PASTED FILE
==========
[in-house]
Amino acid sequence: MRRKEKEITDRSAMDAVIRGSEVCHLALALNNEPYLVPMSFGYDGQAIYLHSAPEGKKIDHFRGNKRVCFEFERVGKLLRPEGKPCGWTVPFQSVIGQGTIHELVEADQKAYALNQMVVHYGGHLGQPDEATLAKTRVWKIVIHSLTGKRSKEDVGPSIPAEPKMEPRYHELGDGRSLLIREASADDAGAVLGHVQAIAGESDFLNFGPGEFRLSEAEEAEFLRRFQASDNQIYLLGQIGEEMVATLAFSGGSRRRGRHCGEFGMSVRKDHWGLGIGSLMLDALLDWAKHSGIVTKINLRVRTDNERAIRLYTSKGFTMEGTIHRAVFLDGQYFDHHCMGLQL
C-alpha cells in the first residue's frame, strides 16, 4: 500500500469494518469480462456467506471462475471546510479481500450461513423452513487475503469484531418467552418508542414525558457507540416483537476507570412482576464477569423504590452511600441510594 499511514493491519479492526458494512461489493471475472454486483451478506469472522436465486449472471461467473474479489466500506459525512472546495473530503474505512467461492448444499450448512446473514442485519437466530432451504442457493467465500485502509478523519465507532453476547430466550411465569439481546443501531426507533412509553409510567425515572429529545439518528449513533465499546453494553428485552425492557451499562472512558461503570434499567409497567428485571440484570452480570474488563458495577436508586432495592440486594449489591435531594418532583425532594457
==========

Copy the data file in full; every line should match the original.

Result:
[in-house]
Amino acid sequence: MRRKEKEITDRSAMDAVIRGSEVCHLALALNNEPYLVPMSFGYDGQAIYLHSAPEGKKIDHFRGNKRVCFEFERVGKLLRPEGKPCGWTVPFQSVIGQGTIHELVEADQKAYALNQMVVHYGGHLGQPDEATLAKTRVWKIVIHSLTGKRSKEDVGPSIPAEPKMEPRYHELGDGRSLLIREASADDAGAVLGHVQAIAGESDFLNFGPGEFRLSEAEEAEFLRRFQASDNQIYLLGQIGEEMVATLAFSGGSRRRGRHCGEFGMSVRKDHWGLGIGSLMLDALLDWAKHSGIVTKINLRVRTDNERAIRLYTSKGFTMEGTIHRAVFLDGQYFDHHCMGLQL
C-alpha cells in the first residue's frame, strides 16, 4: 500500500469494518469480462456467506471462475471546510479481500450461513423452513487475503469484531418467552418508542414525558457507540416483537476507570412482576464477569423504590452511600441510594 499511514493491519479492526458494512461489493471475472454486483451478506469472522436465486449472471461467473474479489466500506459525512472546495473530503474505512467461492448444499450448512446473514442485519437466530432451504442457493467465500485502509478523519465507532453476547430466550411465569439481546443501531426507533412509553409510567425515572429529545439518528449513533465499546453494553428485552425492557451499562472512558461503570434499567409497567428485571440484570452480570474488563458495577436508586432495592440486594449489591435531594418532583425532594457